Tony Carr finished his true freshman season as a Nittany Lion feeling conflicted.
Averaging 13.2 points and 4.2 assists per game, Carr led his Penn State team in both categories from the onset of his career. His efforts were enough to earn honorable mention All-Big Ten status, as well as a selection to the conference’s all-freshman team.
But in finishing a disappointing 15-18 for the season and 6-12 against Big Ten competition, his Nittany Lions were dissatisfied. Wanting to fix the shortcoming, Carr said the entire program attacked the offseason with an all-business mindset.
“We worked so much harder as a team because we don't want to be in that same boat and have those bad feelings like we did last year,” said Carr. “We just want to put ourselves in the best position possible by working hard every day.”
That work carried Carr throughout the offseason and into the start of preseason camp, which is now into its second week at the Bryce Jordan Center.
Joining his teammates for both the first and second academic six-week sessions on Penn State’s campus between May and August, Carr and the Lions also were granted 10 additional team practice opportunities in conjunction with a foreign tour to the Bahamas.
In addition to working on individual aspects of his game two or three times a day, Carr said, he also emphasized his individual development in strength and speed. Noting the challenges presented in the aftermath of some of the Nittany Lions’ more arduous games last season, specifically a tight turnaround between a triple-overtime loss at Indiana and a Rutgers afternoon game three days later at the BJC, Carr wanted to be in better shape.
“I can definitely say I'm stronger. We've done a lot of core work, so my core has improved drastically and my conditioning has also improved,” he said. “I can just run for days because we've been up here running around campus, running up and down the gym. So my conditioning is a lot better from last year.”
Penn State head coach Patrick Chambers has noticed.
Asked about Carr’s commitment to physical development through the offseason, Chambers said he was proud of that sacrifice and commitment, not just from Carr but also from the entire team.
“He absolutely changed his body. His mindset toward the weight room was outstanding,” said Chambers, turning to the next area of development he’d like to see for his point guard. “I’d like to see (his leadership) take the next step in the process of him becoming a freshman to a sophomore and carrying the torch of what we think he should do this year. The leadership is going to be critical.”
Part of that process will rely on the experiences Carr gained as a true freshman.
Knocking off Michigan State at the Palestra, Carr and the Lions also topped an NCAA Tournament Minnesota team and earned a first-round win in the Big Ten Tournament. As competitive on a game-by-game basis as any Penn State team under Chambers’ watch, the Lions finished the regular season with a 1-6 mark in games decided by a single possession or in overtime, leaving Carr feeling confident about his approach to the offseason.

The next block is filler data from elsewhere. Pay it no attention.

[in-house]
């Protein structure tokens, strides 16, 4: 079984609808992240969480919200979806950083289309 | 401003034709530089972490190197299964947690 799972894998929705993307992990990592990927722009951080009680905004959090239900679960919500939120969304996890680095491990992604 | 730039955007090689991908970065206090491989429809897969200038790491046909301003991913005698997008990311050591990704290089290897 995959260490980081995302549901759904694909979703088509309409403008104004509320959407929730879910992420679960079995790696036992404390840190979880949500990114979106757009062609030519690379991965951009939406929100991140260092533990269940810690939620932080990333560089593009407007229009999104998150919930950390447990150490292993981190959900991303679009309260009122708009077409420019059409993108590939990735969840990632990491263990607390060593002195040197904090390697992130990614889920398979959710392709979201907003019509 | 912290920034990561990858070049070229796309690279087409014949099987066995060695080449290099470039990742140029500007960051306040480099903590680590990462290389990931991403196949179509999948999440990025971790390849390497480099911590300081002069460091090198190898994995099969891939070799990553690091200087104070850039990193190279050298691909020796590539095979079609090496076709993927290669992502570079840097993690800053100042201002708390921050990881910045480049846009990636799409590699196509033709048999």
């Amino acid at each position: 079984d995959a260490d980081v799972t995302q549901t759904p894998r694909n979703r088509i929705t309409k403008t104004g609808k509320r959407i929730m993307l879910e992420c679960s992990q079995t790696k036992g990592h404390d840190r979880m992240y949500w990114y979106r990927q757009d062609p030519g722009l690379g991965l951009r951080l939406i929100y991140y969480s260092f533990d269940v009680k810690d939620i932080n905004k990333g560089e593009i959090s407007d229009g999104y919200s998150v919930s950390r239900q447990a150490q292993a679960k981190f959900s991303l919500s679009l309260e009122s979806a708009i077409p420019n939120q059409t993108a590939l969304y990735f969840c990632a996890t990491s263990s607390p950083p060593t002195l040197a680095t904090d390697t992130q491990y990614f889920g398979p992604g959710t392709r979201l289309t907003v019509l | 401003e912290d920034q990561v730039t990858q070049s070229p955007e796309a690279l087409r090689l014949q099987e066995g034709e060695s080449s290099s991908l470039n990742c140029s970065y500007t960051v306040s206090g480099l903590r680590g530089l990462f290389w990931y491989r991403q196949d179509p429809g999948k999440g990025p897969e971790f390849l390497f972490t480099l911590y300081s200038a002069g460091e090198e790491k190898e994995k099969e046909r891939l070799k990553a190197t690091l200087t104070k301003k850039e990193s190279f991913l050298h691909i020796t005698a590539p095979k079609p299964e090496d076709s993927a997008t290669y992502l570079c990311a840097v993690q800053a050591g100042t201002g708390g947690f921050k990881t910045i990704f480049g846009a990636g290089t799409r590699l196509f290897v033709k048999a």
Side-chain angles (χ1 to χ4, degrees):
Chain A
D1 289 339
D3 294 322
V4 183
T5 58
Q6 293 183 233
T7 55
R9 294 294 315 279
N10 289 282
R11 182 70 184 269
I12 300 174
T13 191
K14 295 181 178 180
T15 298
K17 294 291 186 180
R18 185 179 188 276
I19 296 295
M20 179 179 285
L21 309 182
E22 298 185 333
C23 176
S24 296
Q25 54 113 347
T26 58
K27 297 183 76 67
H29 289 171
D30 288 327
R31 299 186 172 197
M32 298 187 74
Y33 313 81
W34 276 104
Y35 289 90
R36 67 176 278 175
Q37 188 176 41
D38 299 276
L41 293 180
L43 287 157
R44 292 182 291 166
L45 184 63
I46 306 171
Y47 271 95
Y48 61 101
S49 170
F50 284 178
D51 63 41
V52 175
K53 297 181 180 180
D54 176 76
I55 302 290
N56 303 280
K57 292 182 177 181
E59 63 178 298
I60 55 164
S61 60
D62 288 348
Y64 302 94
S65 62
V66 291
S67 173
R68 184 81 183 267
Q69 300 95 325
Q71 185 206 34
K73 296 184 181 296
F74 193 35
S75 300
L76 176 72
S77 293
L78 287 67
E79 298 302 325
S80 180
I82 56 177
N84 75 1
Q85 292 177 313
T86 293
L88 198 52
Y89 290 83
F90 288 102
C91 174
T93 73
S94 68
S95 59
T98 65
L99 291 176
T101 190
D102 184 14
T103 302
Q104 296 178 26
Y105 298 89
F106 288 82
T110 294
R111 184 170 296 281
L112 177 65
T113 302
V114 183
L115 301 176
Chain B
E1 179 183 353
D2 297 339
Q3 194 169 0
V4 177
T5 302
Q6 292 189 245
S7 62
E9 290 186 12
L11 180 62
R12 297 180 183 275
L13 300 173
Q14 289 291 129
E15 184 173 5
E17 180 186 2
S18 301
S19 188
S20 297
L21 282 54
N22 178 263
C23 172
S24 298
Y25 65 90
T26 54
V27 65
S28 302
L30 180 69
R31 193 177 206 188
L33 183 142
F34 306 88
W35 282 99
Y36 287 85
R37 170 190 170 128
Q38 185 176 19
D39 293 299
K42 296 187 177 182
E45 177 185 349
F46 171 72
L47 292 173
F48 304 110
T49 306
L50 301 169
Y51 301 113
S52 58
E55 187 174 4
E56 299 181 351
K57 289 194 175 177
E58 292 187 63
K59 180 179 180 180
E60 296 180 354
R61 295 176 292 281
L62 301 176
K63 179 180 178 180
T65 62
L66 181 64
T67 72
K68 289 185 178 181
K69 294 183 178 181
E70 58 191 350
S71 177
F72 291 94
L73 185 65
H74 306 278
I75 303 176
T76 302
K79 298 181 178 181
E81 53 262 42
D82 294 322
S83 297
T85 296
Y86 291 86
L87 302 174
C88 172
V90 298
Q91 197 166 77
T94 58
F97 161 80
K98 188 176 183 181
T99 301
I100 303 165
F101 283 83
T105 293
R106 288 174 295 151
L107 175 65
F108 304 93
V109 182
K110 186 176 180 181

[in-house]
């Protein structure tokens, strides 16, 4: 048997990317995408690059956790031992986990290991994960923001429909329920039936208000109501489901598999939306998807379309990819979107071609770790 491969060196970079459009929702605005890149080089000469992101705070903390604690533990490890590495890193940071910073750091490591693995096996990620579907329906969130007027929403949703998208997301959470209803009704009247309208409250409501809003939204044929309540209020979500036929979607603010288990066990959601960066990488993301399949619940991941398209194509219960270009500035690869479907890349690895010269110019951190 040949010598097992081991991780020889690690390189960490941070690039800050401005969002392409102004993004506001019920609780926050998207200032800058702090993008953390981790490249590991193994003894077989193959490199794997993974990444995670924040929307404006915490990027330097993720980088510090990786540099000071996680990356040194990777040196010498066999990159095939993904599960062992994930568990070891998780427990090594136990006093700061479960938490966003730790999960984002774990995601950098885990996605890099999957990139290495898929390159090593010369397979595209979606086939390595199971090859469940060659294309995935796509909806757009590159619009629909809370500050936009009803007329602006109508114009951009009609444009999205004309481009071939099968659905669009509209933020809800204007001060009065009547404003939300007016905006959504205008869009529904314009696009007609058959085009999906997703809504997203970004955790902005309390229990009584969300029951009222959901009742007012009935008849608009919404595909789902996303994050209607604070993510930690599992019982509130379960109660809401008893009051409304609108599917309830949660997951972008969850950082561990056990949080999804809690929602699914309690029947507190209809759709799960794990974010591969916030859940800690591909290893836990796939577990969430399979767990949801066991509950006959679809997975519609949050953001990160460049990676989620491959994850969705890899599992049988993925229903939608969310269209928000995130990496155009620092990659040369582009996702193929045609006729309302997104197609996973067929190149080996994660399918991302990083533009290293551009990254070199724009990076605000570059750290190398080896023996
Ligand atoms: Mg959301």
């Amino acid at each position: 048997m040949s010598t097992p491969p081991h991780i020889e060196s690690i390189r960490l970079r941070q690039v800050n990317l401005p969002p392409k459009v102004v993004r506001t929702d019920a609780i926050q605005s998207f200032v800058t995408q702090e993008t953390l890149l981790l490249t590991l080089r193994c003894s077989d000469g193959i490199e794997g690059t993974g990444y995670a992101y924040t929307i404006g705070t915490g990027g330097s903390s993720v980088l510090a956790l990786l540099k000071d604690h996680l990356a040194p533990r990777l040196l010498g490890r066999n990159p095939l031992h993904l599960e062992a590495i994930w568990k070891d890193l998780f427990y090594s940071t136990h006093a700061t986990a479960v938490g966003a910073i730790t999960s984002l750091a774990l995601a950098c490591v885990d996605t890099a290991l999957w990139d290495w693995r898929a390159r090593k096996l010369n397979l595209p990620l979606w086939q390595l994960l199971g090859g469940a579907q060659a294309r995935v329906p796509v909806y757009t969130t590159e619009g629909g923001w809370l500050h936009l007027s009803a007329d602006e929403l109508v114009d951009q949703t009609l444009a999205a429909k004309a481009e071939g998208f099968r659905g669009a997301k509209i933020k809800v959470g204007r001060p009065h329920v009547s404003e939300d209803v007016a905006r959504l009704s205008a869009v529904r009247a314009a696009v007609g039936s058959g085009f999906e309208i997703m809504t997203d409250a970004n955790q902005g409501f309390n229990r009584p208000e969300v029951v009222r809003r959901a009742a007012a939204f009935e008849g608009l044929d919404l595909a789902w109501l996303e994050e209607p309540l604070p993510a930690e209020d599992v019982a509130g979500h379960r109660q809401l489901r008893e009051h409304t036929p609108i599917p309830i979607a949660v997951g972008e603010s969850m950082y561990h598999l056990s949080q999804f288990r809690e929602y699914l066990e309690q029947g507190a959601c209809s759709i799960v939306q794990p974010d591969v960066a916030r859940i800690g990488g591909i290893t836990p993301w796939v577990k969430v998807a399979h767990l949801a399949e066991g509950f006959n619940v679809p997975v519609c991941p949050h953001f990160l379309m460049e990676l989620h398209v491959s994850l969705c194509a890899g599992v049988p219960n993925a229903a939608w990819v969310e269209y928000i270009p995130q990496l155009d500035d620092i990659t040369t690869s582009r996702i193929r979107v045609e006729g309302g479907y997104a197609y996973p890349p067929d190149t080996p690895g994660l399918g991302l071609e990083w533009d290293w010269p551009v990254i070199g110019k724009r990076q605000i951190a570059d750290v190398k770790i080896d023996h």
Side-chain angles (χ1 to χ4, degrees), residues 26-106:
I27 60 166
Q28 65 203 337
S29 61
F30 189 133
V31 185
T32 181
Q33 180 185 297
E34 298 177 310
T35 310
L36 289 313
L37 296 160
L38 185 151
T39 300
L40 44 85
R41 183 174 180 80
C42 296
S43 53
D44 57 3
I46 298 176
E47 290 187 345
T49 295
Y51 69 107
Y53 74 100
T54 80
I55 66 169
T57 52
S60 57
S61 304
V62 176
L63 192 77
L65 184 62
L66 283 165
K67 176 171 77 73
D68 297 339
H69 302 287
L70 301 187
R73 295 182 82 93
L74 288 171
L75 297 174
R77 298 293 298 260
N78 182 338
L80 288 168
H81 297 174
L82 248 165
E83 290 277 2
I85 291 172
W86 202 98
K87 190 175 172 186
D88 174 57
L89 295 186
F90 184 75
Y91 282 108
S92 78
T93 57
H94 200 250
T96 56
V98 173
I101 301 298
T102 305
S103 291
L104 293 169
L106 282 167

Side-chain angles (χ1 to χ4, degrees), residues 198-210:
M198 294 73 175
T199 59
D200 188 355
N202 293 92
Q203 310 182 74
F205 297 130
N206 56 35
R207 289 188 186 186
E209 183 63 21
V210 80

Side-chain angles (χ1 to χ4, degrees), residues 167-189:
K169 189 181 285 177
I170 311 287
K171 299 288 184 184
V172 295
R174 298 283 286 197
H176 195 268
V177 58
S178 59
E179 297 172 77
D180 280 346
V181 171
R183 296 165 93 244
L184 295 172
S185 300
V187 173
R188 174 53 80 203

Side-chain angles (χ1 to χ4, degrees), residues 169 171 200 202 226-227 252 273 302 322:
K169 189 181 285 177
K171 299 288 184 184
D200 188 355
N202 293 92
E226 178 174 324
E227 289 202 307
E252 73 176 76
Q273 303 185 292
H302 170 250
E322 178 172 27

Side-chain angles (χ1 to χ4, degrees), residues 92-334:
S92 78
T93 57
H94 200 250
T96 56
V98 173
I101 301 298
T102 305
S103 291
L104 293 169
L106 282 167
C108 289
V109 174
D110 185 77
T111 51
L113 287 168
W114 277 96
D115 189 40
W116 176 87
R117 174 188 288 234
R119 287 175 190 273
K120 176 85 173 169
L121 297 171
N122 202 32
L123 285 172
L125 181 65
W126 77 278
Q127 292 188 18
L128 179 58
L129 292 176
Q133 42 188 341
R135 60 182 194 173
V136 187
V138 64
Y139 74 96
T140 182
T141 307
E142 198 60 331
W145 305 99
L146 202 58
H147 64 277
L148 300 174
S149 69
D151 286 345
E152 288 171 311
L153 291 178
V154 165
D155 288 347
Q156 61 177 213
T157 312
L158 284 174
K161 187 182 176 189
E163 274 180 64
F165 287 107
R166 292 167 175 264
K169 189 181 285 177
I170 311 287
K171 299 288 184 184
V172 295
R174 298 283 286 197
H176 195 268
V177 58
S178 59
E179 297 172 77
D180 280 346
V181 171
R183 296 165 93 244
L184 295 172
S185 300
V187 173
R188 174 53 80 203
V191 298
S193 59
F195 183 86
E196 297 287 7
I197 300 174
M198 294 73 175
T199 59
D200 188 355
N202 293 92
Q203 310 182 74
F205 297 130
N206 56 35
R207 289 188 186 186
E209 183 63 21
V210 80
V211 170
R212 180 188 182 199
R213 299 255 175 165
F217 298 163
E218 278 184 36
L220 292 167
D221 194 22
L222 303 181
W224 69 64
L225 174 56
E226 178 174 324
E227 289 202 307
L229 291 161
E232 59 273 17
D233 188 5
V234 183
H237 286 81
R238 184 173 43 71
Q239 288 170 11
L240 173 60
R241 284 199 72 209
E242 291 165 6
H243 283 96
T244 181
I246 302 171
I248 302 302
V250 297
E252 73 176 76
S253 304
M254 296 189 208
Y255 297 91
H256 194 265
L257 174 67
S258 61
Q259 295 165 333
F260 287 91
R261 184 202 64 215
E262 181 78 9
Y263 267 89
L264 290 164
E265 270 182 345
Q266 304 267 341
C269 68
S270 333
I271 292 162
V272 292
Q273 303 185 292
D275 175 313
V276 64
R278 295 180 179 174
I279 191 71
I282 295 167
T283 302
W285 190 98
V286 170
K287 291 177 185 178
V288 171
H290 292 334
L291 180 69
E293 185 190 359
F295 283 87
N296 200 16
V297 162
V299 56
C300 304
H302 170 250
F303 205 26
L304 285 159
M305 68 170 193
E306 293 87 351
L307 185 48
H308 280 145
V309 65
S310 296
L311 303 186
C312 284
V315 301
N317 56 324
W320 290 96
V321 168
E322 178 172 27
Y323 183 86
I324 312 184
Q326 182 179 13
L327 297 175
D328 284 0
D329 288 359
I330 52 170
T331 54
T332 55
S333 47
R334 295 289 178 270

Beyond his physical focus, Carr also spent time working on a shot that didn’t fare up to his expectations through the course of the season. Dissatisfied with his shooting percentage, connecting on 141 of 374 shots from the floor (37.7 percent) and only 33 of 103 shots from beyond-the-arc (32.0 percent), Carr said his form also became an area of concentration.
“Absolutely my shooting percentages have been a key focus. Just making sure I follow through on all of my shots,” said Carr. “Clearly those things hopefully are going to go up during the season, but I’ve definitely worked hard this offseason on my shooting form, following through, jumping on every shot. Hopefully that sends my percentages upward.”
Chambers and the Lions are counting on it.
With Carr openly acknowledging a “better vibe” from the team coming into this season than last, the head coach is anticipating the maturation and growth of his sophomore leader to pay dividends.
“He's right where he needs to be. Going through this summer, going through last year, going through Nike Elite Camp, I think he's advanced for sure but there's still a lot of room for growth,” said Chambers. “He's gotta be a guy that's going to score, he's gotta make everybody better around him, take care of the ball, and he's going to have to guard. He's really going to have to guard, defend and rebound. He almost had five rebounds per game last year and if he can duplicate that again, I think you've got a big time player.”